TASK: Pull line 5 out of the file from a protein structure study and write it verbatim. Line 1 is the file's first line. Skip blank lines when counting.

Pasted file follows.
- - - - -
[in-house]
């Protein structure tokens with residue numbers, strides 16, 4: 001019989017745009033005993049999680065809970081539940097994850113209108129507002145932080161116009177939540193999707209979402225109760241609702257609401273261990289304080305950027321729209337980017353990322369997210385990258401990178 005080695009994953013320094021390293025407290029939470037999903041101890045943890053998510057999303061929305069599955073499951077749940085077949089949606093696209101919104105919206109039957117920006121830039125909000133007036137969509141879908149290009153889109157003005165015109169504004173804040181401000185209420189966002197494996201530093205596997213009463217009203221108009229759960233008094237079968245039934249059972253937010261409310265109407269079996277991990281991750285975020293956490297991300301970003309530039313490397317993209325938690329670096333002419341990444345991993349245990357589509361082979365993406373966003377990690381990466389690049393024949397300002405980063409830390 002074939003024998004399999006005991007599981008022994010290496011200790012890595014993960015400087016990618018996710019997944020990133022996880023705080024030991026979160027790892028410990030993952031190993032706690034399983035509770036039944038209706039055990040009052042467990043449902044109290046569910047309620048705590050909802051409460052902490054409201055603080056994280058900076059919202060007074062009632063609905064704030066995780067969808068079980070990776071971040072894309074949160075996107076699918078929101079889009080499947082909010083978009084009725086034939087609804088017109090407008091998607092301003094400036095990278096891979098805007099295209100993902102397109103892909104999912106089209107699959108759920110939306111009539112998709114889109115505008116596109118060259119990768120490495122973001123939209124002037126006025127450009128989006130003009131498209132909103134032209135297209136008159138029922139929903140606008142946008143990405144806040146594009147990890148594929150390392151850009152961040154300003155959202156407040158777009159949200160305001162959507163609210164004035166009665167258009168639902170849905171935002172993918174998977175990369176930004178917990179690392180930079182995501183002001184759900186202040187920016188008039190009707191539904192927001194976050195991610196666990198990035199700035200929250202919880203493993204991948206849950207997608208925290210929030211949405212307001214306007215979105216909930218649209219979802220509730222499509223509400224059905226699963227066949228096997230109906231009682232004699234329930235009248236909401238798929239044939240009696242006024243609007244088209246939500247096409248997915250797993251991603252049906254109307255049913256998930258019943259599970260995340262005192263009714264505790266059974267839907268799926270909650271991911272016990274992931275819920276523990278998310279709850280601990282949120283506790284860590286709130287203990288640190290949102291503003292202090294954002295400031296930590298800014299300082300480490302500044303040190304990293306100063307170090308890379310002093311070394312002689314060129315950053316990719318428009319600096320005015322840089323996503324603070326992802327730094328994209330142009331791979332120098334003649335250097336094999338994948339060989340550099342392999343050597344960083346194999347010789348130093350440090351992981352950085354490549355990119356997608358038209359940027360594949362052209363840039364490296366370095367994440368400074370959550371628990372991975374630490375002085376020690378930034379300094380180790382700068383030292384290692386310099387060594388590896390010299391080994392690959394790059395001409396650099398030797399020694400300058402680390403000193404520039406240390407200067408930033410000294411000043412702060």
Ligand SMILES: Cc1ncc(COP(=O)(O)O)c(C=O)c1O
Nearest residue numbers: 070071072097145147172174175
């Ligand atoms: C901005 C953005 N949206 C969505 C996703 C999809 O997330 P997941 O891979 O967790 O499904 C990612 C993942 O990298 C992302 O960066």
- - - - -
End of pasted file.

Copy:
């Ligand atoms: C901005 C953005 N949206 C969505 C996703 C999809 O997330 P997941 O891979 O967790 O499904 C990612 C993942 O990298 C992302 O960066």